Stress and Strain among Seafarers Related to the Occupational Groups
AbstractThe present study analyses whether the stress and strain experienced by seafarers differ between the various occupational groups on board container ships. In a maritime field study, 323 sailors on 22 container ships were asked to complete a questionnaire and were biometrically surveyed. In addition, a survey of energy expenditure and heart rate (variability) was carried out with the SenseWear® armband monitor and the Polar RS800 watch, respectively. The activity data objectively collected by the armband monitor showed an average sleep duration of 5.0 h per day, with particularly short sleep episodes amongst nautical officers. This occupational group also significantly more frequently reported sleep deficits (67%). The highest work-related energy expenditure per day was among the deck ratings (801 kcal), followed by the engine room personnel (777 kcal), and finally the nautical officers (568 kcal). The last-mentioned group, who were also the most likely to experience mental stress in the workplace, had the lowest heart rate variability compared to the other occupational groups. The average working time was the only stress parameter that correlated significantly negatively with the heart rate variability (r = −0.387; p = 0.002). Overall, job-related stressors of seafarers on board should be objectified in further studies and occupational group-specific health promotion programmes should be developed. View Full-Text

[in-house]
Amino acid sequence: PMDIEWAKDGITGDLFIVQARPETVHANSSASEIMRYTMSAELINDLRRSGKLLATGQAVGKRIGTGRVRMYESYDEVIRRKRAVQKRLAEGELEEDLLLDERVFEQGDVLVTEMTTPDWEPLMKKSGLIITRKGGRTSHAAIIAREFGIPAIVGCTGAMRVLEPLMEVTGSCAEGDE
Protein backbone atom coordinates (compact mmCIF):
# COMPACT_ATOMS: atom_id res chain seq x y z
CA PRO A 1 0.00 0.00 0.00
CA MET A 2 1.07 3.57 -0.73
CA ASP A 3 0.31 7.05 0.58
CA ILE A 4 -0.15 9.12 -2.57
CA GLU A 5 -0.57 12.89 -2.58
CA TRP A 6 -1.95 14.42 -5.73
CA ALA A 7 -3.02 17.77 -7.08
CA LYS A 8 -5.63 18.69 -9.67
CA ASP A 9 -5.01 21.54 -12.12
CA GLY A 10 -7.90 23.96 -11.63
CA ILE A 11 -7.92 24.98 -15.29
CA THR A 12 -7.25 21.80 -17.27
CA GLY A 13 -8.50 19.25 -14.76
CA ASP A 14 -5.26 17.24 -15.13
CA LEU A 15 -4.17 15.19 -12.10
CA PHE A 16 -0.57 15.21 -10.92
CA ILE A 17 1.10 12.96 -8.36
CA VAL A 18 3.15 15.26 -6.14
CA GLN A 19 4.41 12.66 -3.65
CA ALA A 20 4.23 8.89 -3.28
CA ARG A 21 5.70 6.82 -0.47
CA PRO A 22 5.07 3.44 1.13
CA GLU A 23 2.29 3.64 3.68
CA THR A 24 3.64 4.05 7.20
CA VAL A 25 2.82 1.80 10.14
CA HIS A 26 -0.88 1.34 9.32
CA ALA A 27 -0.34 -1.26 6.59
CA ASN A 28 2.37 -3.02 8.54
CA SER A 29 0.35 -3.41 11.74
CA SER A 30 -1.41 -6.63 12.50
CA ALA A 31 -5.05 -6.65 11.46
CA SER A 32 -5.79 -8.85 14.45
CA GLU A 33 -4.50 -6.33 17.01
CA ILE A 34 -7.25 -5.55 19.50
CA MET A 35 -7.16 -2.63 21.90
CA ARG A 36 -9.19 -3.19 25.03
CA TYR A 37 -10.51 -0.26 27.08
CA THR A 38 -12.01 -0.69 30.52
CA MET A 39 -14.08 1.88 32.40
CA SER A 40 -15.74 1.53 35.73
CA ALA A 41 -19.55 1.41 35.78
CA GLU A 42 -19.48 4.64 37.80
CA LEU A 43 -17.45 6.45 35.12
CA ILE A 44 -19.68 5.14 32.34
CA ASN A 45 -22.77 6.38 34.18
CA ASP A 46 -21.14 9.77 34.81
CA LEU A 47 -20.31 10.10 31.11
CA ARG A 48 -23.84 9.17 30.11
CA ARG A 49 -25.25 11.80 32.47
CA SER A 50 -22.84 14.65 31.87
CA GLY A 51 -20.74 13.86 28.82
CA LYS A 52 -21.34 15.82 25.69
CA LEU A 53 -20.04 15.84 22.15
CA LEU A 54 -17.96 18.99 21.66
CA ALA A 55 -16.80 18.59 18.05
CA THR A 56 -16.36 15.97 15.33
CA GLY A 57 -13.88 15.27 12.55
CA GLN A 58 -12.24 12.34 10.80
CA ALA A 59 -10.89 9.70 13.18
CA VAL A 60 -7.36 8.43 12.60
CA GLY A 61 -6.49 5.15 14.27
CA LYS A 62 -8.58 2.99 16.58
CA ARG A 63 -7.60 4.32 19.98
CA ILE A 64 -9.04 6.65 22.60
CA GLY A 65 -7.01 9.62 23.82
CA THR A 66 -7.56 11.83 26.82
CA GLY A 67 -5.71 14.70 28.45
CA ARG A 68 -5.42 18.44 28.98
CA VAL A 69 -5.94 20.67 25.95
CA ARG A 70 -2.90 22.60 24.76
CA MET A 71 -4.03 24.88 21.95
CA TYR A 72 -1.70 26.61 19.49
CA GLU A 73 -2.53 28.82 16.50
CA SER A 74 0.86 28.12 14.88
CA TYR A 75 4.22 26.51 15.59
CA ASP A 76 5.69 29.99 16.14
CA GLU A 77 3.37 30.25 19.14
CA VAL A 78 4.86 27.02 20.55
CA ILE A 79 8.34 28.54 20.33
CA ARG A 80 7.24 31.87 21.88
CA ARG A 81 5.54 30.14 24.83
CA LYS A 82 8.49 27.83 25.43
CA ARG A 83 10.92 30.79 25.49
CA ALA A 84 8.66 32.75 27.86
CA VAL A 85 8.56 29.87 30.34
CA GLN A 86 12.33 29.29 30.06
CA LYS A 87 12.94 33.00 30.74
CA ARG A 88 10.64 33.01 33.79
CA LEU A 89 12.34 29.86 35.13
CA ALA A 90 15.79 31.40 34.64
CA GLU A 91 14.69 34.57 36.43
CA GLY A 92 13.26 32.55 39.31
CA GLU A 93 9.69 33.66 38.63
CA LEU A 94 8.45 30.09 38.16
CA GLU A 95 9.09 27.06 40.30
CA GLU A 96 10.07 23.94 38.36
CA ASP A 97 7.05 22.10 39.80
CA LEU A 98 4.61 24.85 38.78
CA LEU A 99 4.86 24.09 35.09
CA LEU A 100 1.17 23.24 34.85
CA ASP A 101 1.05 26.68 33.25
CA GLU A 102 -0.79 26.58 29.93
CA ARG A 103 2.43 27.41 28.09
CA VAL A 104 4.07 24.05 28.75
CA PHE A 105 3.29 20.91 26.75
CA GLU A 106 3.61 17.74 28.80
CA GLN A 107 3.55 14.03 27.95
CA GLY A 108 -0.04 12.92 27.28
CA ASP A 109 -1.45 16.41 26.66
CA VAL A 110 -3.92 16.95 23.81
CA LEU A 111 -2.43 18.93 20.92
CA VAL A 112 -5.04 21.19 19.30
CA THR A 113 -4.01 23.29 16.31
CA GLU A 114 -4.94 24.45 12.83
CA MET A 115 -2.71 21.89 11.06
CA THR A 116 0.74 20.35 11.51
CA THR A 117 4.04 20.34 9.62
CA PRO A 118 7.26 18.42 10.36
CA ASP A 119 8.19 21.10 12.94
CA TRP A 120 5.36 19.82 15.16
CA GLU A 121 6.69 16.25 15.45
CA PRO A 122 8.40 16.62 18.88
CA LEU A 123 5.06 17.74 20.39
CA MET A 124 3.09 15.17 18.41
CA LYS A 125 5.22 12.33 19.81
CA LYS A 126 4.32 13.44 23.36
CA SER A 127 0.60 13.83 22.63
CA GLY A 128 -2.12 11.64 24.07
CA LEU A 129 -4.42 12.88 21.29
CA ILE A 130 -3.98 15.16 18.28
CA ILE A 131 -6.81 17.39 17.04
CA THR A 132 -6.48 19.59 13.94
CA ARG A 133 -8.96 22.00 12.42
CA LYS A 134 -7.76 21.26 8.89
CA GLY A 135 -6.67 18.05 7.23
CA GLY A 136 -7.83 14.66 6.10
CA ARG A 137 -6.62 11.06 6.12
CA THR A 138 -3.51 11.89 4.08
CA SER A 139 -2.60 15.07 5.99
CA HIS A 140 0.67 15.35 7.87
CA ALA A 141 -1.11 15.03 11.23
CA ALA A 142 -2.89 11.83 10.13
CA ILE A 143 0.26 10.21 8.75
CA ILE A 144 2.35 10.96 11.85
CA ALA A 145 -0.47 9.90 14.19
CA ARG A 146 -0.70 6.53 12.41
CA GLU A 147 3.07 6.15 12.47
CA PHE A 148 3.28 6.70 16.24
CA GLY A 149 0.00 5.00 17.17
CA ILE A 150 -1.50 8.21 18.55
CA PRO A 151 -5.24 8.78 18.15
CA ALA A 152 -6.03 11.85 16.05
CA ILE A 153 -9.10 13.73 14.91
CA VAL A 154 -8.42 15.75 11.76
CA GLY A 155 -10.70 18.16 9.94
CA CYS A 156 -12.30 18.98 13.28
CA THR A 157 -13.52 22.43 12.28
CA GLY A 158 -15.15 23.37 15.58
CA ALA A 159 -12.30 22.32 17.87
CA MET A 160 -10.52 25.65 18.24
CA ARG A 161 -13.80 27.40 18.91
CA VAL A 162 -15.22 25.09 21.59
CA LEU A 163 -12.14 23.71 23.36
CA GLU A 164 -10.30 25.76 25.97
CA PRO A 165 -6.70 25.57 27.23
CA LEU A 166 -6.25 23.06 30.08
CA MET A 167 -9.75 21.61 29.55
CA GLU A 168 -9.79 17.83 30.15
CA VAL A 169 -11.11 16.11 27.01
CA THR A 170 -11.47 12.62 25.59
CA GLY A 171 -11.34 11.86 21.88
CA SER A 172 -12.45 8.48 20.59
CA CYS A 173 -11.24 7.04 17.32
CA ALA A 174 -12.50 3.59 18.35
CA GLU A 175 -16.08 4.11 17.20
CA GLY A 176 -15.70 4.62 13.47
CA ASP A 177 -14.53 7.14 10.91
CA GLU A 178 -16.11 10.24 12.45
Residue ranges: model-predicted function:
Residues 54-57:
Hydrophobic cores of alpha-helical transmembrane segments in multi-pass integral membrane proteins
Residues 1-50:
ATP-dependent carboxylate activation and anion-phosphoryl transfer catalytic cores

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Oldenburg, M.; Jensen, H.-J. Stress and Strain among Seafarers Related to the Occupational Groups. Int. J. Environ. Res. Public Health 2019, 16, 1153.
Oldenburg M, Jensen H-J. Stress and Strain among Seafarers Related to the Occupational Groups. International Journal of Environmental Research and Public Health. 2019; 16(7):1153.Chicago/Turabian Style
Oldenburg, Marcus; Jensen, Hans-Joachim. 2019. "Stress and Strain among Seafarers Related to the Occupational Groups." Int. J. Environ. Res. Public Health 16, no. 7: 1153.
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